North by Northwest
North by Northwest mistake picture Video

Revealing mistake: In the shooting scene in the Mount Rushmore cafe, a boy in the background puts his fingers in his ears, because he knows the gun is about to be shot.

Continuity mistake: In the scene where Eve writes on the note pad she doesn't write enough. Later you can see much more to the address. (01:20:50 - 01:25:15)

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Factual error: When Cary Grant is attacked by the crop duster, he is supposed to be between Chicago and Indianapolis. Unfortunately, northwest Indiana looks nothing like this. The scene in the movie has miles and miles of treeless landscape. Even in the flattest farmlands of Indiana, there are many visible groves of trees.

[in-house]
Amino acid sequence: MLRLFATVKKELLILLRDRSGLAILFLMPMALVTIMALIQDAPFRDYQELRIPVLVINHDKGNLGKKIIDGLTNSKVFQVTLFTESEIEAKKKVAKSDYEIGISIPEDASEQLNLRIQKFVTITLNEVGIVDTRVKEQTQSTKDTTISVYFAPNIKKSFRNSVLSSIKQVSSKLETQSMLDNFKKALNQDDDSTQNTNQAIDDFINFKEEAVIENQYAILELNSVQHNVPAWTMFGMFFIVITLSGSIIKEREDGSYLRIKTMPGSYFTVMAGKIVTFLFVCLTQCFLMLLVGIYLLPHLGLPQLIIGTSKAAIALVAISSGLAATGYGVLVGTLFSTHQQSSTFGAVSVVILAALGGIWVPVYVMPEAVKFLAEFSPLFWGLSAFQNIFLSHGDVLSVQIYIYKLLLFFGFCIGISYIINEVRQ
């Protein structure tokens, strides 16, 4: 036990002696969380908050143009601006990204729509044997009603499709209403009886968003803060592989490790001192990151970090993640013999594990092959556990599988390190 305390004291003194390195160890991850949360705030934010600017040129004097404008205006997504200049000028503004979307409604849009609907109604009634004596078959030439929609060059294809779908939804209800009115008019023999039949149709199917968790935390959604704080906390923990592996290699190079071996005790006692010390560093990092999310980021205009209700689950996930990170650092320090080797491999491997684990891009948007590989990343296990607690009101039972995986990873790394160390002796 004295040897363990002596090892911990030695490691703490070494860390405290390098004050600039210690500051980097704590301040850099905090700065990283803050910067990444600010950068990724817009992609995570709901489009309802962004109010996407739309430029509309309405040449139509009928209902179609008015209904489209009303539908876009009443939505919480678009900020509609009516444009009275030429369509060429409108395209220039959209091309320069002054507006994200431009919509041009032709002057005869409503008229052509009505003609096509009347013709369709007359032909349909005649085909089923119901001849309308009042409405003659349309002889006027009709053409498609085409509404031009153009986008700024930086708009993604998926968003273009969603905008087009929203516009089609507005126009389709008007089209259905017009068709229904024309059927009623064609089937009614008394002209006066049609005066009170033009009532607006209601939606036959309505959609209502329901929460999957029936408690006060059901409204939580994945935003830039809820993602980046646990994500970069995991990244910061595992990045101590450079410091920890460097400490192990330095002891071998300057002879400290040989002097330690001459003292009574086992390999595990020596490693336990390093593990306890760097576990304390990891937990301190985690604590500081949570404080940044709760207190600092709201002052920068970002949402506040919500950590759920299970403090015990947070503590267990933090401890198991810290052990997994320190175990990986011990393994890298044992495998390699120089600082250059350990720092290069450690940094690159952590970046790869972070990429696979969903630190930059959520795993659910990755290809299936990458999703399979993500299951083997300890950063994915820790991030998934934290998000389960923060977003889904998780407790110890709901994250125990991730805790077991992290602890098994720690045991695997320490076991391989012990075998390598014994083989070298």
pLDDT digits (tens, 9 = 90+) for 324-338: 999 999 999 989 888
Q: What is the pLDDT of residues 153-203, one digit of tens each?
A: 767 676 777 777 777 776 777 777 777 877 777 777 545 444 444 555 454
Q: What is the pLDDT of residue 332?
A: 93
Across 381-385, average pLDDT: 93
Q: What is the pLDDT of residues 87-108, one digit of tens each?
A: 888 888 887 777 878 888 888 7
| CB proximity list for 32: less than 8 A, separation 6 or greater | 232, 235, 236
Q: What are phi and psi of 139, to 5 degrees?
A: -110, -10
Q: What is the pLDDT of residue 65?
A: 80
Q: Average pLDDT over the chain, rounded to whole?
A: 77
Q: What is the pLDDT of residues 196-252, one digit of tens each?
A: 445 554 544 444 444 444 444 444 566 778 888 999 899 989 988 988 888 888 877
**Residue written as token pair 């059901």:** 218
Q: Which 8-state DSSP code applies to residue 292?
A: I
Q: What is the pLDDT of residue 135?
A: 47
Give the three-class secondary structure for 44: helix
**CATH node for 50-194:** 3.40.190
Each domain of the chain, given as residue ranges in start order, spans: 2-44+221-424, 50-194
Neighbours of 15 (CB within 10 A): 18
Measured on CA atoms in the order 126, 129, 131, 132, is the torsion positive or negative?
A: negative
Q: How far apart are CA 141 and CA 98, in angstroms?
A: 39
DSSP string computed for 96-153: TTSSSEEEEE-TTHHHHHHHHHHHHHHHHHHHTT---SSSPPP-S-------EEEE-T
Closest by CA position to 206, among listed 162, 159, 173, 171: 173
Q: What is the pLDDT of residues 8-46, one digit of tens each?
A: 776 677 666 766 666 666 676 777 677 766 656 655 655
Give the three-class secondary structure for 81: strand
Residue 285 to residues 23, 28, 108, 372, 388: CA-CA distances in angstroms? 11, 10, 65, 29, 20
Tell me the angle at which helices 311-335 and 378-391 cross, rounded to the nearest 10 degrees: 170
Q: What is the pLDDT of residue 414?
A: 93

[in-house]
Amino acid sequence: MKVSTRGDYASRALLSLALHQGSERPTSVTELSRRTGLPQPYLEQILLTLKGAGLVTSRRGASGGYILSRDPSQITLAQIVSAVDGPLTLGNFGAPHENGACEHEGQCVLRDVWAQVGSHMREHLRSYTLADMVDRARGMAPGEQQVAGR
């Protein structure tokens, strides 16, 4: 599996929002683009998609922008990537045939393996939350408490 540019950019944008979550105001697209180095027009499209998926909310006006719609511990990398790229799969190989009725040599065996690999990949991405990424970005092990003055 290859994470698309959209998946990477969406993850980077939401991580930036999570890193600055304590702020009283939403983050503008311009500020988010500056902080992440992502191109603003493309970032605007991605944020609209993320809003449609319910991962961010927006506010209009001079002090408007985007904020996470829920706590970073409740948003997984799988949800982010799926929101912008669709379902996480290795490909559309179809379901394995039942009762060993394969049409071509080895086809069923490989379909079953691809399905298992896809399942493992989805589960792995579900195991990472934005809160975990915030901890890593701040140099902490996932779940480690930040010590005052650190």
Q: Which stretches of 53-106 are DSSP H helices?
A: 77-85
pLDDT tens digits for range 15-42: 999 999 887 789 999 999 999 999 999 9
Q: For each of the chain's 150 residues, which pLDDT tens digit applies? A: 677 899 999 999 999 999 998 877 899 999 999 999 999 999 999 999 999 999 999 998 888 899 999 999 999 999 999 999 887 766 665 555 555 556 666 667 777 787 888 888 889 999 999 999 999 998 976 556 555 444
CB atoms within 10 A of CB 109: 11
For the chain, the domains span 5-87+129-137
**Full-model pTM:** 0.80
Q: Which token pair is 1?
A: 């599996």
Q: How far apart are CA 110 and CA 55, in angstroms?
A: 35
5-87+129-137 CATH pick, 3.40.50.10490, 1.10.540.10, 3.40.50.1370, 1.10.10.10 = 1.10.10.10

Continuity mistake: When Eva Marie Saint grabs the statue from James Mason and bolts, the spies chase after her. They had no way of knowing she would do such a thing, and yet they are suddenly equipped with long, heavy-duty flashlights.

Continuity mistake: In Eva Marie Saint's hotel room, after the crop-dusting, Cary Grant attempts to copy a note she has removed from a pad, by scratching with a pencil point - horizontally. In the close-up of the note, it has been scratched vertically.

Continuity mistake: The first scene that they show of the train going up the Hudson River is wrong. The hills in the background are much further up the river past Croton NY. When they are eating the train is back down near the wider part of the Hudson around Tarrytown NY. (00:45:25 - 00:47:00)